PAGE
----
“I wonder if the Holy Spirit has been preparing us to respond to this pivotal moment in our country’s history,” she said, calling on CBF to “seize this moment filled with possibility and hope.”
“The time to work for racial justice is now,” she said.
‘Ambassadors for Christ’
In his keynote address to the virtual general assembly, Emmanuel McCall—a Baptist pioneer in racial reconciliation—reminded Fellowship Baptists the priesthood of believers not only means Christians have the privilege of unhindered access to God through Christ, but also have the responsibility to serve as “ambassadors for Christ.”
“We are all God’s representatives. We are God’s ambassadors,” said McCall, who served with the Southern Baptist Convention’s Home Mission Board and was instrumental in CBF’s formation. Ambassadors are appointed to represent someone in a higher position and are accountable to the one who appointed them, said McCall, pastor emeritus of First Baptist Church in East Point, Ga.
Effective ambassadors regularly consult the one in power whom they represent so they “know the mind” of the person authority, he said. An ambassador who becomes sidetracked from his mission no longer is fit to serve as a representative for the one who holds power, he noted.
Furthermore, any credit for achievement belongs to the one whom the ambassador represents, not to the representative, he said.
“God will use any of us willing to let God use us,” he said.
Even in challenging times, God calls his servants to remain faithful to their calling, McCall said, reciting the lyrics to an old Spiritual: “Walk together children. Don’t you get weary.”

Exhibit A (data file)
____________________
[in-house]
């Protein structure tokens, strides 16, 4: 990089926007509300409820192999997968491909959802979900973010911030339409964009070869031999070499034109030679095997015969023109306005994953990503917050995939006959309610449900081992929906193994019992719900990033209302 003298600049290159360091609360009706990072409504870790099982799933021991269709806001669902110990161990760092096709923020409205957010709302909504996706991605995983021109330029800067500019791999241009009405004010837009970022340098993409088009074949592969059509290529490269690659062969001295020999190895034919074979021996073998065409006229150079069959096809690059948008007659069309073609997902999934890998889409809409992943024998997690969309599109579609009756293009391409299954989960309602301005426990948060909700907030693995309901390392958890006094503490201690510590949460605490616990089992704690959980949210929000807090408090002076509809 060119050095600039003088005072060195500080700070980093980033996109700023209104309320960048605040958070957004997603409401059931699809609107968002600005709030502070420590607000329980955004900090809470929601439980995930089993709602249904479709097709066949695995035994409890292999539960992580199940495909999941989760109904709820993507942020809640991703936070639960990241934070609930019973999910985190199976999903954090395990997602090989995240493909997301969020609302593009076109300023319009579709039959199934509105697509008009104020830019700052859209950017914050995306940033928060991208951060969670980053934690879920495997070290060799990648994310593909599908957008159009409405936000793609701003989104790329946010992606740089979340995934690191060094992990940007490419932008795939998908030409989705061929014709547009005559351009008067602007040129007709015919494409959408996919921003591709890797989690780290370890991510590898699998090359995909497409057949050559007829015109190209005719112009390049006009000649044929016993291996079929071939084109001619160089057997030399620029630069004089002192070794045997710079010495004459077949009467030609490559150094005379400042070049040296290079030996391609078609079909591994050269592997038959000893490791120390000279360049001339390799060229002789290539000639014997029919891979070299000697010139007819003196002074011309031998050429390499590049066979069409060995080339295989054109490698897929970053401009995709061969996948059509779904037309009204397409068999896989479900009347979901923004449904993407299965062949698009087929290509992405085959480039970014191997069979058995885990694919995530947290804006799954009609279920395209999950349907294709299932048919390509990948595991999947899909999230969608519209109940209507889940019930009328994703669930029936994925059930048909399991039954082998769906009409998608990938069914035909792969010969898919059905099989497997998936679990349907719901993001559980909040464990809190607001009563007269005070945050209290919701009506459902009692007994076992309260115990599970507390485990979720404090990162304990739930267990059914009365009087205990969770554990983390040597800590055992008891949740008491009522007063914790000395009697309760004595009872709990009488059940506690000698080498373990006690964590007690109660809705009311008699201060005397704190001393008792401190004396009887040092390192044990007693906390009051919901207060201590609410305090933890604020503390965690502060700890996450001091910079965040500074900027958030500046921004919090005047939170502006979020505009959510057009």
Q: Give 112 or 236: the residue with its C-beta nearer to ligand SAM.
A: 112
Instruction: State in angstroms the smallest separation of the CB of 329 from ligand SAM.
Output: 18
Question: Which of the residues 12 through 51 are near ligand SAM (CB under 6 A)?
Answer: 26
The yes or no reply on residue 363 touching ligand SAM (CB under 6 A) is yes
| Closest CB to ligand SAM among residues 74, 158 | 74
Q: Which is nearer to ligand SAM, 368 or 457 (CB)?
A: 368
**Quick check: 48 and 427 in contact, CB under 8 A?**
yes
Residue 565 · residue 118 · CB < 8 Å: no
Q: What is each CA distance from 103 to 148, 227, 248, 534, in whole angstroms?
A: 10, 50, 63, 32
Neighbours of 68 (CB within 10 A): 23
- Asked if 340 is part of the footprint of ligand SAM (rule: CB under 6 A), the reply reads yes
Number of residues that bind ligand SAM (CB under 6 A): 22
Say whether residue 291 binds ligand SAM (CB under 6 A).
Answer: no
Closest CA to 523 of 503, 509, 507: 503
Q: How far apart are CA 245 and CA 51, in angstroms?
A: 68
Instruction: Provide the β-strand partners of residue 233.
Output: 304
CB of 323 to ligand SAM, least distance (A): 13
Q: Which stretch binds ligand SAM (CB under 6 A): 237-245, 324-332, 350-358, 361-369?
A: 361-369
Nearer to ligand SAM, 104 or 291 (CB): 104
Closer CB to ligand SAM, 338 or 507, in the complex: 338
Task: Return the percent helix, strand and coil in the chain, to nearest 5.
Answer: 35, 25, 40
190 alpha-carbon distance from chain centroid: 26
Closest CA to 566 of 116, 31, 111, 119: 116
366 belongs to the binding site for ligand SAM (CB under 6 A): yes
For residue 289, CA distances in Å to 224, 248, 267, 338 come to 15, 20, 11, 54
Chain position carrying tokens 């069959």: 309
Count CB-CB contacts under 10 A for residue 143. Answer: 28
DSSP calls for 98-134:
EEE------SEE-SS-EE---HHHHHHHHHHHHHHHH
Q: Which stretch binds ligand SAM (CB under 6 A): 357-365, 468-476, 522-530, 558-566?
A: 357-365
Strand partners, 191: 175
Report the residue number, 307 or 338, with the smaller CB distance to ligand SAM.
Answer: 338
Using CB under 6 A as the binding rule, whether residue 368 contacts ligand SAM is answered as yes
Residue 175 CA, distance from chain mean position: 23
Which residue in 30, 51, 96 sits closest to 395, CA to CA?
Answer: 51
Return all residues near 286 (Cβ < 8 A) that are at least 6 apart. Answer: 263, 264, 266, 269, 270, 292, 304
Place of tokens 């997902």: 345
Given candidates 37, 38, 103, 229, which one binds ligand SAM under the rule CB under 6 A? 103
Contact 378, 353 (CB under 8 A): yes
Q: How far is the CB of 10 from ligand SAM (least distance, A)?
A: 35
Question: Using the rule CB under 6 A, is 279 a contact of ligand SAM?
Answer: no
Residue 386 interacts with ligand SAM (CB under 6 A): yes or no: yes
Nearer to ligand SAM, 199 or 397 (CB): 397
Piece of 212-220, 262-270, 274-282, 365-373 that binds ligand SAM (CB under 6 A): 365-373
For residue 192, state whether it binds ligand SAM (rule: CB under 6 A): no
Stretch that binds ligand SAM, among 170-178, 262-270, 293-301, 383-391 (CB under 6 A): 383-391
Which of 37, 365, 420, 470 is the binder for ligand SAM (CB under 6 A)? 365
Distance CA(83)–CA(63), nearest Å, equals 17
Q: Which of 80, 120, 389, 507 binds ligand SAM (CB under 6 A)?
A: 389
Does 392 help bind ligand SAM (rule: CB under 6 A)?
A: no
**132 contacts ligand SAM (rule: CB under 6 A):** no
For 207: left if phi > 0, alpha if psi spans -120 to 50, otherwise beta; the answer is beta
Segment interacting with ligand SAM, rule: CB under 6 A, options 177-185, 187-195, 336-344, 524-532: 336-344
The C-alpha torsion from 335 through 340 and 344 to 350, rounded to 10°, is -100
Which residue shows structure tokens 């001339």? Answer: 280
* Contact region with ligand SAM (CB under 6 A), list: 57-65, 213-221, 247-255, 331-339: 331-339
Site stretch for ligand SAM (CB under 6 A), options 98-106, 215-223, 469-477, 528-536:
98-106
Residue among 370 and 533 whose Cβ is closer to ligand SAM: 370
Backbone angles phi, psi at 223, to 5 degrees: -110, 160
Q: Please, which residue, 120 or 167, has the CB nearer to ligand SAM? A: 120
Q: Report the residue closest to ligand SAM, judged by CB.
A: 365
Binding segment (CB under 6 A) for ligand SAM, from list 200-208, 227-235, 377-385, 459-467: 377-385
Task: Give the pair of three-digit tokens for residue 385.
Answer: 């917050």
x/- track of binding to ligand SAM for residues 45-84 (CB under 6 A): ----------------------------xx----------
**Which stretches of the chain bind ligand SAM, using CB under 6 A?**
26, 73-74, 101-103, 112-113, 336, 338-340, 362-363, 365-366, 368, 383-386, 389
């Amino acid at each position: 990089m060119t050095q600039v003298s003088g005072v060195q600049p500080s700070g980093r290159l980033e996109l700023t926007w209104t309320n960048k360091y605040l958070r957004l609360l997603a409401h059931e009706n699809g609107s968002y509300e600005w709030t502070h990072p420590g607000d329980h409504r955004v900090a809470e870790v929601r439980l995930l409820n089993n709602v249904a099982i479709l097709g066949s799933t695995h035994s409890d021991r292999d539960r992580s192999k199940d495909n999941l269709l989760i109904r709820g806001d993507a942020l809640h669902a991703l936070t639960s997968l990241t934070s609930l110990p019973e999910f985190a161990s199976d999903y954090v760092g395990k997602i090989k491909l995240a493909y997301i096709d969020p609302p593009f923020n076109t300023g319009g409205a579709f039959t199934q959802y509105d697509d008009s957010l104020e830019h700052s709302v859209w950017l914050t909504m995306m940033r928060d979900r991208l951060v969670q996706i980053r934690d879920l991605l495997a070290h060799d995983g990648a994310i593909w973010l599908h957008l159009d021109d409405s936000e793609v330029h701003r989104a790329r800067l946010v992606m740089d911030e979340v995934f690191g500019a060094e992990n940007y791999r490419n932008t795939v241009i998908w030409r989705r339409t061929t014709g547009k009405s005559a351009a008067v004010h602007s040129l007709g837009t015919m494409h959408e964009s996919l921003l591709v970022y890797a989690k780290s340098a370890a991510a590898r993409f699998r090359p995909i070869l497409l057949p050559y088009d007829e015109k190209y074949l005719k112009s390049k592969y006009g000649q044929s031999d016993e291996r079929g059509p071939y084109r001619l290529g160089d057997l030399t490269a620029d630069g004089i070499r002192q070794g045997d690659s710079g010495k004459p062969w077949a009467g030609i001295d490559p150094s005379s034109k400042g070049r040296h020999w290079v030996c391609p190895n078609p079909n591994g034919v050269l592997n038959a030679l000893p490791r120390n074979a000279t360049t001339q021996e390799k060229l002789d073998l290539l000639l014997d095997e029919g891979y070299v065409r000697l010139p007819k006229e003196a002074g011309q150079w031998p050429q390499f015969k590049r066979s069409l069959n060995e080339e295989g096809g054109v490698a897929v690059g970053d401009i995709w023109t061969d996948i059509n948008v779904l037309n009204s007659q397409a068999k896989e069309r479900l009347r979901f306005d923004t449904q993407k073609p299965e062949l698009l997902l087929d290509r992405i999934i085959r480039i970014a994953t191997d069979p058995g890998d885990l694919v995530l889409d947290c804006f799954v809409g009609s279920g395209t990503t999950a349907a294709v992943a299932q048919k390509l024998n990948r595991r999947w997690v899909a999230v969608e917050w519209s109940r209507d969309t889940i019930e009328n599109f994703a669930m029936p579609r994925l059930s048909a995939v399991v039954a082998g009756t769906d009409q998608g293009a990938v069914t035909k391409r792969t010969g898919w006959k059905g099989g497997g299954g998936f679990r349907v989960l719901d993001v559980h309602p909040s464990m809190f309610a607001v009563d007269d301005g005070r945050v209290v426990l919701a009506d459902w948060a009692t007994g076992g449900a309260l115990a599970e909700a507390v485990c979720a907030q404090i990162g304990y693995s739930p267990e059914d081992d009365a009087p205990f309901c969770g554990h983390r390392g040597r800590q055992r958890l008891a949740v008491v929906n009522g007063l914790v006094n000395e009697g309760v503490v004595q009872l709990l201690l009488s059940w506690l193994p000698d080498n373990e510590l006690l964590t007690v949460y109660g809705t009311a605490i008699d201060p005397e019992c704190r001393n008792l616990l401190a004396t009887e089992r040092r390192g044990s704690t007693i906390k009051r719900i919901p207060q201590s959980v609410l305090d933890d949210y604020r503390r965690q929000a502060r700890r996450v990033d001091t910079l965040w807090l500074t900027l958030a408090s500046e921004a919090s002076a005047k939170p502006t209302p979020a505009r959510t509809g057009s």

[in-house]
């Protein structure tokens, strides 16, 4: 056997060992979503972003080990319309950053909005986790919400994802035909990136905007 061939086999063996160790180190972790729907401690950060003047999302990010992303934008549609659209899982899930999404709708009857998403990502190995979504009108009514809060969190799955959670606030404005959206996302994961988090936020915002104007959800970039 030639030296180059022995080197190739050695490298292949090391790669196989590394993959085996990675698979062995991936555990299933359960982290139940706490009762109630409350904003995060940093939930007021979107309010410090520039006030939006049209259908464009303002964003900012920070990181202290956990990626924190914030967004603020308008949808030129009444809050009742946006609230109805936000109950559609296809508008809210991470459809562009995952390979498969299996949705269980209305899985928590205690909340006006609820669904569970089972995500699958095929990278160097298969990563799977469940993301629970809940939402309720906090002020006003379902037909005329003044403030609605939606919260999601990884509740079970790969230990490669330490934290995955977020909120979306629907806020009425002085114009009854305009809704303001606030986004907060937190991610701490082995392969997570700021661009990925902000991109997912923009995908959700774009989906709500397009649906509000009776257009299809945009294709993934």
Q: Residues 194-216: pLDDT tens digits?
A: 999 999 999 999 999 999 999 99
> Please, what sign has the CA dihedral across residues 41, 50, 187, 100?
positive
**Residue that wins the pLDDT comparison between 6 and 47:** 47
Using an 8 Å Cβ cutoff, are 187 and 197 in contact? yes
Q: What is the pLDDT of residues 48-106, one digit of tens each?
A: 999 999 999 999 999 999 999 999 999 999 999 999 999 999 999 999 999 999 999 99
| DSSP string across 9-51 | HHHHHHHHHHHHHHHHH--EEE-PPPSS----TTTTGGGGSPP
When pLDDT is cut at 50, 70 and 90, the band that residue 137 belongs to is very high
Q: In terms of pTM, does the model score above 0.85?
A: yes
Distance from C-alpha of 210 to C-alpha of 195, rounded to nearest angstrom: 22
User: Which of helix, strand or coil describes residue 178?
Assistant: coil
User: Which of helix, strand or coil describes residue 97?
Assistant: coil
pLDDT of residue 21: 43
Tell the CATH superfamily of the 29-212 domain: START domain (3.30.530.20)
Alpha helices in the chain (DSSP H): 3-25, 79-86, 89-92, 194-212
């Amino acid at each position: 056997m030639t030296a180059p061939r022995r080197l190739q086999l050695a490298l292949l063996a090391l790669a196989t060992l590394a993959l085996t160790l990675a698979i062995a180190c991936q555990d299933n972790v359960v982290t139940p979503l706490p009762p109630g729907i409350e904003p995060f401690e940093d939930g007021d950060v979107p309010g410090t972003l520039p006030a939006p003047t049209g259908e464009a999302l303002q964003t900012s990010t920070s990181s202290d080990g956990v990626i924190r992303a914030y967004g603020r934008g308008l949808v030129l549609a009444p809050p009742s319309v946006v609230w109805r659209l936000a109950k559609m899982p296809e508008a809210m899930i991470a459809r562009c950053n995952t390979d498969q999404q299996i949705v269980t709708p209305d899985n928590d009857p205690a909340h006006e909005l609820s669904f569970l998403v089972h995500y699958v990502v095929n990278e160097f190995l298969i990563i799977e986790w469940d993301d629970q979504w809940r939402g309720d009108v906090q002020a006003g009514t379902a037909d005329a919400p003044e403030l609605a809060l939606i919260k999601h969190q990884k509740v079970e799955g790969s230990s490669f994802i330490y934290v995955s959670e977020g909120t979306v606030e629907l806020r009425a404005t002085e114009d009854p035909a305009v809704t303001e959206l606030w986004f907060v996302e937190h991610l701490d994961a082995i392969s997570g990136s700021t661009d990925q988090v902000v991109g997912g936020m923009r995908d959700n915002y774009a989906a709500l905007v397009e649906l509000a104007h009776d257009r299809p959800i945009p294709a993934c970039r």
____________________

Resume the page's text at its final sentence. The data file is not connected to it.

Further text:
Death before resurrection
In the assembly’s closing worship service, Mary Alice Birdwhistell, until recently pastor of Calvary Baptist Church in Waco, described the death of a dear friend and church member who died last Christmas Eve.
“Nothing prepares you for the hard and holy work of burying someone you love,” said Birdwhistell, now pastor of Highland Baptist Church in Louisville, Ky.
She spoke about the role of Joseph of Arimathea in burying the body of Jesus—an admittedly odd topic for an assembly focused on “bold faithfulness.”
“But much of the work you and I do can seem kind of odd,” she said, particularly given ways churches have adapted creatively during the COVID-19 pandemic. “There is bold and beautiful work happening all around us.”
In “difficult days” of racial injustice and global pandemic, Birdwhistell challenged Fellowship Baptists to ask what policies and practices “need to die in order for God to resurrect something new.”
Taking care of business
During the business session, Patricia Wilson, a professor at Baylor Law School and a deacon at Seventh & James Baptist Church in Waco, was chosen as CBF moderator-elect.
Wilson has held leadership posts in CBF more than a decade, including service on its coordinating council, governing board and nominating committee. She also served CBF Texas as moderator and board member.
Others elected to key positions included Jewel London, pastoral assistant at Brookhollow Baptist Church in Houston, as a member of the governing board; and Katie Sciba, home health director at Citizens Medical Center in Victoria, and Jorge Zayasbazan, pastor of Temple Baptist Church in San Antonio, to the board of the CBF Foundation.
Virtual assembly participants also approved a governing board recommendation to extend the current budget up to an additional three months in light of uncertainty related largely to COVID-19 and its impact on contributions. The governing board will develop a new budget in October based on the priorities of CBF’s Toward Bold Faithfulness strategic plan.